For safety’s sake, stop that ambulance

Rick Laporte, a 46-year-old Canadian man, had suffered a heart attack and was being rushed fromAmbulance
Windsor, Ontario, to a Detroit hospital for an emergency angioplasty. But when his ambulance reached the border, it was stopped for one of those random checks, even though it had a police escort and had been pre-cleared.   

The man driving the ambulance was asked to show his documents to the
guard and then Laporte was asked to verbally identify himself.

Laporte, 46, had already been revived twice, according to media reports. [Link]

I’m never going to complain about U.S. border officials questioning me. If they can stop a dying man, they can stop anyone.

Meanwhile, Laporte’s girlfriend, Kat Lauzon, said he’s out of intensive care and doing well back in Windsor.

She’s still struggling to understand what happened at the border and is calling for issue to be addressed.

"I don’t think it was right, and I’m really angry that someone would
even think to pull in an ambulance where someone is dying in the back.
I really can’t get my head around that," she told CBC News.

She said Laporte is also upset about the border delay but can do little while he is recuperating.

"He doesn’t have enough energy to, you know, run down the street with a sign in his hand," she said. [Link]

If he did, I wonder what his sign would say: "No, I don’t have a bomb, you idiots, but my heart is about to explode!"

The incident was the second such border delay in an emergency situation in just over a week.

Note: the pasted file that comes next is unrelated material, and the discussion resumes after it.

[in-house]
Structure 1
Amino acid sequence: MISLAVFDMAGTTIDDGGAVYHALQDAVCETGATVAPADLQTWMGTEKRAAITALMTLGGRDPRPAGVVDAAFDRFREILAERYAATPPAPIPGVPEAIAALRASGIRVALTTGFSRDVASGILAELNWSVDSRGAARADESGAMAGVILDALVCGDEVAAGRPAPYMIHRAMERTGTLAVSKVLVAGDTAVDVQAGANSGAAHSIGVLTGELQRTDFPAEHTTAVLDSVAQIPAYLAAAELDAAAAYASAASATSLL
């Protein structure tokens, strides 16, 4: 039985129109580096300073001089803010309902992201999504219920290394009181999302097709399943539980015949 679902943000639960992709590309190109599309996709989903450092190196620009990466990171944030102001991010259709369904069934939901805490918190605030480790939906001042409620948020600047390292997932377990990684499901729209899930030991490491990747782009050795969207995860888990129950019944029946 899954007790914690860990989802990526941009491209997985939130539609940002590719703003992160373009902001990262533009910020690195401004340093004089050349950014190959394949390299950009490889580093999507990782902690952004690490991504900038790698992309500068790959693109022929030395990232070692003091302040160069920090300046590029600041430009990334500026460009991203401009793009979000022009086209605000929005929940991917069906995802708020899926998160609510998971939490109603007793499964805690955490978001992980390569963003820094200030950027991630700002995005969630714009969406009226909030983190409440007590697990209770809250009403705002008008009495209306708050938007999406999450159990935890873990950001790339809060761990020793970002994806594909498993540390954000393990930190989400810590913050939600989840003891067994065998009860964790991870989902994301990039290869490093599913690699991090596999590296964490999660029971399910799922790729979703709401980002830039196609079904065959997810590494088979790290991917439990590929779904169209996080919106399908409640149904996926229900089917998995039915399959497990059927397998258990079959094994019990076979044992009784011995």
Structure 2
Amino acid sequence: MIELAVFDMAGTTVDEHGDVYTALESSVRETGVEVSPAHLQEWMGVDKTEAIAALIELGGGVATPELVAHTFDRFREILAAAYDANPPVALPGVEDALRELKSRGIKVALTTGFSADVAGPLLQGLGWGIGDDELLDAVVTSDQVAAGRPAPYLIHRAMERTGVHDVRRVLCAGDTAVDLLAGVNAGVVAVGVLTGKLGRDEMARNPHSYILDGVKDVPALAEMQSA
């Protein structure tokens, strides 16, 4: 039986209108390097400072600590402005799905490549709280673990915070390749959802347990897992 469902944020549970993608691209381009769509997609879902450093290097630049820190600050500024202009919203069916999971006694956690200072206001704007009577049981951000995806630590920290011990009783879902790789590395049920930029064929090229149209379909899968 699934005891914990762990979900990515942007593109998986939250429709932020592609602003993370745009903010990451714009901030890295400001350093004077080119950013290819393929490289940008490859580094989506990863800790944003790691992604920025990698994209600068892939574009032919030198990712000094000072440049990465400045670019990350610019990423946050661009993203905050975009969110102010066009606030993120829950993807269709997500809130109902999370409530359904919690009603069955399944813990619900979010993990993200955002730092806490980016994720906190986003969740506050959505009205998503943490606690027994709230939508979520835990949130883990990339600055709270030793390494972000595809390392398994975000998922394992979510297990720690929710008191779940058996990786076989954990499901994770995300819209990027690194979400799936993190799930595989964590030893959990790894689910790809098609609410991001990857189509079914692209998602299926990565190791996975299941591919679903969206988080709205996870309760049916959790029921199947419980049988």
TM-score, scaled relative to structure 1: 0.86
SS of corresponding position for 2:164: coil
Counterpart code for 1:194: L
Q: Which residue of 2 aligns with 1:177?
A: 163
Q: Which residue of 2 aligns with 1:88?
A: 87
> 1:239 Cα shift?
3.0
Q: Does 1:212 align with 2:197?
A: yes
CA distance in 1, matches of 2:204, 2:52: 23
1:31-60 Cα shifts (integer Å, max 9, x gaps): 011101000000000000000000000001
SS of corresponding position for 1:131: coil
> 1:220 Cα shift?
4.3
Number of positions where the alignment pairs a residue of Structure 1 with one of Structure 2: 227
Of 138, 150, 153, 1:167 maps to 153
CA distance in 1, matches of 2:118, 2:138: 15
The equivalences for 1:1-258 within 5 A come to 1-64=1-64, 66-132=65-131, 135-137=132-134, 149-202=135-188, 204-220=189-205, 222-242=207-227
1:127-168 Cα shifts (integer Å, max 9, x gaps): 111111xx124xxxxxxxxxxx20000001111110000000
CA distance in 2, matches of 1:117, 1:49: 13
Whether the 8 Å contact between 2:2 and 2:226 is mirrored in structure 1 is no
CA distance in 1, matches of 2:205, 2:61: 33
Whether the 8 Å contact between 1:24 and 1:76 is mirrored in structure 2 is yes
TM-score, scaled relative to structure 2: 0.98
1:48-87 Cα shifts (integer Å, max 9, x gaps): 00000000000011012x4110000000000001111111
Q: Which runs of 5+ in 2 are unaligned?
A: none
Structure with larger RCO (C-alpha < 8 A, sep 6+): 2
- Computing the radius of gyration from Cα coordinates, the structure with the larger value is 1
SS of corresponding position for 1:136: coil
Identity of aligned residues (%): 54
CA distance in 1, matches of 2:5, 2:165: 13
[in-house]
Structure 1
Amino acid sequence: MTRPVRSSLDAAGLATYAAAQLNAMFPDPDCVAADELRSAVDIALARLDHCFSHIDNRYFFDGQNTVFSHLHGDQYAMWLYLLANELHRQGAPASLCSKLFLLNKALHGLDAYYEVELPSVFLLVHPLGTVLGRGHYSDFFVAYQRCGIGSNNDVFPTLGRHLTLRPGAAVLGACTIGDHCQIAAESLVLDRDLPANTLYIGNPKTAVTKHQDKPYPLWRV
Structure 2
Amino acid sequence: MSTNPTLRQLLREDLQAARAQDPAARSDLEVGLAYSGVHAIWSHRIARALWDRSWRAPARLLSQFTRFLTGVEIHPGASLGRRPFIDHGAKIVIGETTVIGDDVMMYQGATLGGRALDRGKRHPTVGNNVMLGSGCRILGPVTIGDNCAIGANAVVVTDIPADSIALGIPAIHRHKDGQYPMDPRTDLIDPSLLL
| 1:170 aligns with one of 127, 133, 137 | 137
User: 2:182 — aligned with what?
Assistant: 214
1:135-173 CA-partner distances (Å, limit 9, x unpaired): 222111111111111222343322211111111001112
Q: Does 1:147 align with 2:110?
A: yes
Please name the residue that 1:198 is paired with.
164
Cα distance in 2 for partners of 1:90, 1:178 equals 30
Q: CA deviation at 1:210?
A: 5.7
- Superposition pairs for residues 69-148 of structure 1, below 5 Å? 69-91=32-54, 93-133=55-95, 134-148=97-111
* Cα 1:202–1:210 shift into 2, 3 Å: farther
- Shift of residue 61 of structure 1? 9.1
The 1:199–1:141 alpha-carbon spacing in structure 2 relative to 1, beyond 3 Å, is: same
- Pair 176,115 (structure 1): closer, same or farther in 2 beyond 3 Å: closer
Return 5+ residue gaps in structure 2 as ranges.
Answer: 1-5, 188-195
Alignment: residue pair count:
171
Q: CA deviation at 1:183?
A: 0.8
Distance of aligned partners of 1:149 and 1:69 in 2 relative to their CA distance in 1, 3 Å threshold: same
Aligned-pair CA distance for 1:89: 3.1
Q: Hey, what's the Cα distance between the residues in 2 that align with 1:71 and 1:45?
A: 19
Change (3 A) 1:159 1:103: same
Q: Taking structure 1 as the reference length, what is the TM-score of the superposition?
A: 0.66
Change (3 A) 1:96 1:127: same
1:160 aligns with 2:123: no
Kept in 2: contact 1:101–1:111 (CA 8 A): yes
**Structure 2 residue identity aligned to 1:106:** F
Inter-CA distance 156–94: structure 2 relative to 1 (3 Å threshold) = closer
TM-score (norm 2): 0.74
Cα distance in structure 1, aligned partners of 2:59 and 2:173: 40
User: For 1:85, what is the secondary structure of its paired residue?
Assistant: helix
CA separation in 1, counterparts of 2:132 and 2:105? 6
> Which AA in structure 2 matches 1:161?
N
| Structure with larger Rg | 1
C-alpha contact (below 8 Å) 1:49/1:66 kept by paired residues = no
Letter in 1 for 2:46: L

On Nov. 11, six volunteer firefighters from Lacolle, Que., were
called to help fight a fire at a historic hotel called Anchorage Inn in
Rouses Point, N.Y.

A U.S. border guard held them up for several minutes while he checked their identification.

By the time the firefighters reached the hotel, the building had burned to the ground.

There is a bilateral agreement that allows Canadian firefighters to
respond to U.S. emergencies, but New York officials said the guard was
probably unaware of it. [Link]

The building burned down, but at least America was protected.

Reporter: "Did you really think those firefighters might be terrorists?"

Guard: "Why ever not? They learned how to fly a plane. I’m sure they could learn how to drive a firetruck."

Photo by PnP!

If you enjoyed this piece, you'll love Melvin's novel Bala Takes the Plunge, available in North America through Amazon.com and McNallyRobinson.com You can also find it at major bookstores in India and Sri Lanka or online at FlipKart, IndiaPlaza, FriendsofBooks or other sites. A number of readers have written reviews of the novel. An excerpt of the novel can be read here.

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